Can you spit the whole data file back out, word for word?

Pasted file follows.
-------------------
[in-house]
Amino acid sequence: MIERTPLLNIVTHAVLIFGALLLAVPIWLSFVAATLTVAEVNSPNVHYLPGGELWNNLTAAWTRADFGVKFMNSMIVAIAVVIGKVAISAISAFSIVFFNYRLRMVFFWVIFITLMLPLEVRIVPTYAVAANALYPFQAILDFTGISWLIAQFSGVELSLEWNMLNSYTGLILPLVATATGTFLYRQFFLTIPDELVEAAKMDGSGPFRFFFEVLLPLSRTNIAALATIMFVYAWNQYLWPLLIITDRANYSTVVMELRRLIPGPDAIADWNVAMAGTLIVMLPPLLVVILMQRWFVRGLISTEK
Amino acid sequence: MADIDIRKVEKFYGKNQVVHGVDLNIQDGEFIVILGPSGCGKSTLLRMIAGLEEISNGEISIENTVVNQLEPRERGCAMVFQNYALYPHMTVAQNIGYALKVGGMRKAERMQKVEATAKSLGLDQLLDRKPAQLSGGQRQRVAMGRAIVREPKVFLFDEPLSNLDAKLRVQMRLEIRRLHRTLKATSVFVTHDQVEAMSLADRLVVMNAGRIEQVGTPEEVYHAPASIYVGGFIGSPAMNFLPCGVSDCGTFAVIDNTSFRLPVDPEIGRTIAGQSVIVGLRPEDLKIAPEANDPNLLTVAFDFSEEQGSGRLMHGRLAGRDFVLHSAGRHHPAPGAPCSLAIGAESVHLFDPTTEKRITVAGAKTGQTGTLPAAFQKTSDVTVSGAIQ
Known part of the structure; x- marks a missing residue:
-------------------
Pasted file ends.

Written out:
[in-house]
Amino acid sequence: MIERTPLLNIVTHAVLIFGALLLAVPIWLSFVAATLTVAEVNSPNVHYLPGGELWNNLTAAWTRADFGVKFMNSMIVAIAVVIGKVAISAISAFSIVFFNYRLRMVFFWVIFITLMLPLEVRIVPTYAVAANALYPFQAILDFTGISWLIAQFSGVELSLEWNMLNSYTGLILPLVATATGTFLYRQFFLTIPDELVEAAKMDGSGPFRFFFEVLLPLSRTNIAALATIMFVYAWNQYLWPLLIITDRANYSTVVMELRRLIPGPDAIADWNVAMAGTLIVMLPPLLVVILMQRWFVRGLISTEK
Amino acid sequence: MADIDIRKVEKFYGKNQVVHGVDLNIQDGEFIVILGPSGCGKSTLLRMIAGLEEISNGEISIENTVVNQLEPRERGCAMVFQNYALYPHMTVAQNIGYALKVGGMRKAERMQKVEATAKSLGLDQLLDRKPAQLSGGQRQRVAMGRAIVREPKVFLFDEPLSNLDAKLRVQMRLEIRRLHRTLKATSVFVTHDQVEAMSLADRLVVMNAGRIEQVGTPEEVYHAPASIYVGGFIGSPAMNFLPCGVSDCGTFAVIDNTSFRLPVDPEIGRTIAGQSVIVGLRPEDLKIAPEANDPNLLTVAFDFSEEQGSGRLMHGRLAGRDFVLHSAGRHHPAPGAPCSLAIGAESVHLFDPTTEKRITVAGAKTGQTGTLPAAFQKTSDVTVSGAIQ
Known part of the structure; x- marks a missing residue: